Taking a hit

Taking a hit

L'Auberge has increased overall gaming revenues in the Baton Rouge market, but the city's two veteran riverboats are getting pinched.



Eight o'clock on a Saturday night. Two-thirds of the parking lot at Hollywood Casino is empty. Drive down River Road a bit to the Belle of Baton Rouge and a few more people are making their way to the entrance. Still plenty of parking, though.



At the sprawling new L'Auberge Casino, it's an entirely different story. This parking lot is two-thirds full, and the garage is packing vehicles all the way to the top. Meanwhile, a steady stream of headlights flows along the winding road toward the glowing entrance.



Such is the new reality of Baton Rouge's casino market.



In its eight months of operation, the new L'Auberge Hotel & Casino has attracted more than 1.2 million visitors, raking in $110.6 million. The new venue is bringing millions more in gaming revenues to the Baton Rouge market, which, in turn, means millions more in revenues for Baton Rouge and Louisiana.



But there's no denying this: Its success is partly at the expense of Baton Rouge's other two riverboats, which opened two decades ago—the Belle of Baton Rouge and Hollywood Casino.




Compared to the same eight-month period last year, the Belle's revenues are down 27% and attendance has fallen more than 6%. Hollywood is experiencing an even greater downturn: revenues are down 33% and attendance is down 28%.



In pure numbers, the Belle is raking in $11 million less than it did in the period before L'Auberge opened; Hollywood, $28.6 million less.



Wade Duty, executive director of the Louisiana Casino Association, doesn't expect that trend to change.



“Each boat took a significant hit in terms of their volume,” he says. “There's been a net increase for the market, but certainly a significant reduction for the two operating boats that were here previously. You definitely see redistribution. You're probably looking at the state of affairs as it will exist from this point forward.”



Even before L'Auberge broke ground, economic experts predicted one of the existing boats likely would sink under the crush of competition at some point. So far, however, there's been no sign of that happening.




Representatives from the Belle and Hollywood did not respond to requests for interviews. But Duty says both venues have taken significant steps to protect their markets.



“They've made realignments and tried to improve their efficiencies,” Duty says. “It's not something that they obviously wanted to go through, but they're both good operators with a lot of experience, and they will ride it as it currently stands.”



Overall nearly 1 million more people have walked through the doors of Baton Rouge casinos and spent $71 million more dollars over the prior fiscal year to date—a sign that L'Auberge is expanding the market. That's an increase of 42% in attendance and 39% in revenues. For the month of May alone, revenues climbed from $16.9 million in 2012 to just over $26 million in 2013—an increase of 54.3%.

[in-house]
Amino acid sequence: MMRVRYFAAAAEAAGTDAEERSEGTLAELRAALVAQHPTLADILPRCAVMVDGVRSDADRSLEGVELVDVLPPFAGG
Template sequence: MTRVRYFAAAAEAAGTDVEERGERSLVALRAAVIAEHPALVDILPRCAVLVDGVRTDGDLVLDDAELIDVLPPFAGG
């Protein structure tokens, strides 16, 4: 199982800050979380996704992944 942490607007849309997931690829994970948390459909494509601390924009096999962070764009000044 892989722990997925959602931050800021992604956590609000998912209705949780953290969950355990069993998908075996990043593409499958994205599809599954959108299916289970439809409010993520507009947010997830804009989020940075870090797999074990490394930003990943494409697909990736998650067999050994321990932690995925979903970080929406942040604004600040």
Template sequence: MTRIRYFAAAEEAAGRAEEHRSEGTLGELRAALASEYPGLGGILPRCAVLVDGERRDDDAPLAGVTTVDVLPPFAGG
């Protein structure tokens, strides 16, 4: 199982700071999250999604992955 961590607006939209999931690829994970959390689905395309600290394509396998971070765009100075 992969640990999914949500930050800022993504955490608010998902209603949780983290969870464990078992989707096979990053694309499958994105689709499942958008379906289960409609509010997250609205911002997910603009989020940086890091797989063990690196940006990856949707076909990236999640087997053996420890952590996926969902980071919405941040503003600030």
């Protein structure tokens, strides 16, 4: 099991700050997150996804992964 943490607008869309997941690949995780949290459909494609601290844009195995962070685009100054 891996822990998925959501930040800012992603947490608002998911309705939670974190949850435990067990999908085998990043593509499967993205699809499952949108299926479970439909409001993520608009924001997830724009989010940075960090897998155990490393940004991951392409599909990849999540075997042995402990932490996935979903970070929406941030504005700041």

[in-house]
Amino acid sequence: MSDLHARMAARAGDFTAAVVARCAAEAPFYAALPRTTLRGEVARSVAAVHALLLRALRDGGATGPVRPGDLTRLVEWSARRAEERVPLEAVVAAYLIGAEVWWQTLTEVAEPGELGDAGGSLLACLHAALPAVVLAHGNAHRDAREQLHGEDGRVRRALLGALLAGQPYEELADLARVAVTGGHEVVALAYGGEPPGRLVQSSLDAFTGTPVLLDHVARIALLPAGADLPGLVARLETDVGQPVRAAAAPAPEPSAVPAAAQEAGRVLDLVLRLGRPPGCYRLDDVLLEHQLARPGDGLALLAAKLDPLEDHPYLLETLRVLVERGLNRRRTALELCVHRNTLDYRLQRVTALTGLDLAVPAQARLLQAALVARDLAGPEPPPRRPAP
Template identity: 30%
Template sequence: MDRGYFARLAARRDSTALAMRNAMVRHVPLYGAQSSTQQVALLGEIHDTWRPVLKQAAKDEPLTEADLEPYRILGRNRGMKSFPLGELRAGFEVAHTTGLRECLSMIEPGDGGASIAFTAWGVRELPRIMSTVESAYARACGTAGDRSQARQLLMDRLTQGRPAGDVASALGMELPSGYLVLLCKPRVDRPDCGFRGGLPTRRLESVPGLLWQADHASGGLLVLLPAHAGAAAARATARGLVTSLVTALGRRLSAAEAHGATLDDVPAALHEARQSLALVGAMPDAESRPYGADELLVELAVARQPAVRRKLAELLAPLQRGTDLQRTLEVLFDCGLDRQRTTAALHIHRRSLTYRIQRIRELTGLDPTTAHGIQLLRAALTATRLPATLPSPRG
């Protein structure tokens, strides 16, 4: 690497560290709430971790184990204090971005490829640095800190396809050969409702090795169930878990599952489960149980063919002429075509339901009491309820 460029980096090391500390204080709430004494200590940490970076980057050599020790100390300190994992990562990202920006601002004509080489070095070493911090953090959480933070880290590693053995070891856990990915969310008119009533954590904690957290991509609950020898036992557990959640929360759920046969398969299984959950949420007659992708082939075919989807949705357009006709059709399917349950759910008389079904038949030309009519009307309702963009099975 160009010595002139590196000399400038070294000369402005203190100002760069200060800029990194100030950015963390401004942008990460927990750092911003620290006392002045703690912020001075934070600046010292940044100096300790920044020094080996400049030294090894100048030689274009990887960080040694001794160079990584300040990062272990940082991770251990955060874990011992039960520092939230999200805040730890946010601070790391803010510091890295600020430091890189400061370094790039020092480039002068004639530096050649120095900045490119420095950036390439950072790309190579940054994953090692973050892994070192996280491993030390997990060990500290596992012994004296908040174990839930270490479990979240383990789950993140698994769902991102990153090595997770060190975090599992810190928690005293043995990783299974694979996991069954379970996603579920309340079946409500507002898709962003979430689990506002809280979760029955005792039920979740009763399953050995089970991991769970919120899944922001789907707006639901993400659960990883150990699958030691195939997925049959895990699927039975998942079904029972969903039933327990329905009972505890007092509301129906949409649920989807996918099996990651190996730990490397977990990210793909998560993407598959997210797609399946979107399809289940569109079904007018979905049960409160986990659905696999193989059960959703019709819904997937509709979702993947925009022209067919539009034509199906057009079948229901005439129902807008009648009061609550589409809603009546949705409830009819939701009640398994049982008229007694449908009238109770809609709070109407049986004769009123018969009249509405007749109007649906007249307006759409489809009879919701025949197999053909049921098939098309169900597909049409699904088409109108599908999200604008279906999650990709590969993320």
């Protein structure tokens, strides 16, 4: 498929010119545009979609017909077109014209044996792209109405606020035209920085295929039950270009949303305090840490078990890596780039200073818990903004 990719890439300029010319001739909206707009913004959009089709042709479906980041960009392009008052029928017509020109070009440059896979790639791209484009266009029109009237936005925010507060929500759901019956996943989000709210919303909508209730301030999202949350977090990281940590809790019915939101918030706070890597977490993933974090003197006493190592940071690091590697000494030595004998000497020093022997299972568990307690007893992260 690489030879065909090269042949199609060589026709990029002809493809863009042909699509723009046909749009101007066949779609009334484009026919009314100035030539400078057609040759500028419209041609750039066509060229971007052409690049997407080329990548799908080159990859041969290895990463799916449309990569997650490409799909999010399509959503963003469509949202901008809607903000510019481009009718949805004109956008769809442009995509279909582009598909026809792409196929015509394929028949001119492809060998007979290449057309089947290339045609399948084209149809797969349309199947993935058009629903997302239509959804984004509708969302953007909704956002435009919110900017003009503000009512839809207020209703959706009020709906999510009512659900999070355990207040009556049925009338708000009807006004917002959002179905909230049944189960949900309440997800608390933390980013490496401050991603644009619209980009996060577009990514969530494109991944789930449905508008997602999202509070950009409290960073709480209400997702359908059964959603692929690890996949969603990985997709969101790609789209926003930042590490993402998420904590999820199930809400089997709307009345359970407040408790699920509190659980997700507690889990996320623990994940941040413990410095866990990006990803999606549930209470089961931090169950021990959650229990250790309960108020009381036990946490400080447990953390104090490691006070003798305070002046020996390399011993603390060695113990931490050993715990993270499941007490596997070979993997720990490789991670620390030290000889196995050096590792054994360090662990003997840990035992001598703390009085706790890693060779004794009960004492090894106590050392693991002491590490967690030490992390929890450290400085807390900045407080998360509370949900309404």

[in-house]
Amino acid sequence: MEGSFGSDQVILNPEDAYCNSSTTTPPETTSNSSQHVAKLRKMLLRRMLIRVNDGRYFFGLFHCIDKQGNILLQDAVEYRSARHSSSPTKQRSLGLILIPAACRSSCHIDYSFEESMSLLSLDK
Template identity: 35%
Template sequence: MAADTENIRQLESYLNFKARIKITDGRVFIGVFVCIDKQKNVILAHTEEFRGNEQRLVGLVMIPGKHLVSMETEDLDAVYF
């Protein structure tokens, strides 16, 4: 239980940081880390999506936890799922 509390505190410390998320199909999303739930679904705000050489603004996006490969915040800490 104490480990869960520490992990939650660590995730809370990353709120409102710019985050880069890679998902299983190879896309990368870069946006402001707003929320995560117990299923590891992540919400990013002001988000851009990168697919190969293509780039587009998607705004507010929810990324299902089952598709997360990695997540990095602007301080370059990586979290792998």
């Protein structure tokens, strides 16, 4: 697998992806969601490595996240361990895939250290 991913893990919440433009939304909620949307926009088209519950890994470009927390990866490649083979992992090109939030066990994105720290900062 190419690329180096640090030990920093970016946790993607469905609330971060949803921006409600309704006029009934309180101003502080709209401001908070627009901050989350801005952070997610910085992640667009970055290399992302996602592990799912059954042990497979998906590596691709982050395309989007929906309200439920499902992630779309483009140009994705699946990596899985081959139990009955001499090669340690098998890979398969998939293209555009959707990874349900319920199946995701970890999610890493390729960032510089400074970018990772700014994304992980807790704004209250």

That, in turn, has resulted in a 40% hike in taxes and fees paid to the state and the city-parish in just a single year—$53.8 million in the current fiscal year to date, compared to $38.6 million during the previous eight-month period.



“The thing you always want to be careful of when you admit a new venue to any market is the impact on existing operations,” Duty says. “When you're looking at this from a regulatory standpoint of what's best for the state, you want to make sure you receive a net overall increase for the market. I think that's been accomplished here.”



L'Auberge Vice President and General Manager Mickey Parenton says the casino has met expectations but will continue its push to attract guests from outside the Capital Region and out of state. Thus far, a quarter of the casino's guests have been from out of state, thanks to marketing efforts to major events in the past year like LSU football games, the Super Bowl and Bayou Country Superfest.



“All of the trends are great,” Parenton says. “Everything that you look at—our gaming, our restaurants, our hotel occupancy rate in the high 90s. We said we were going to be a destination for the region. We're pleasantly surprised with the business from the local market, which is our core business, but we are continuing to see growth out of the region every month.”



The new casino venue plans to step up its offerings in the coming months, including concerts featuring Smokey Robinson, Morris Day and The Time, a Michael Jackson tribute, and live entertainment every Friday night before LSU home games.



“We're just beginning,” he says. “It's only going to get better and better.”



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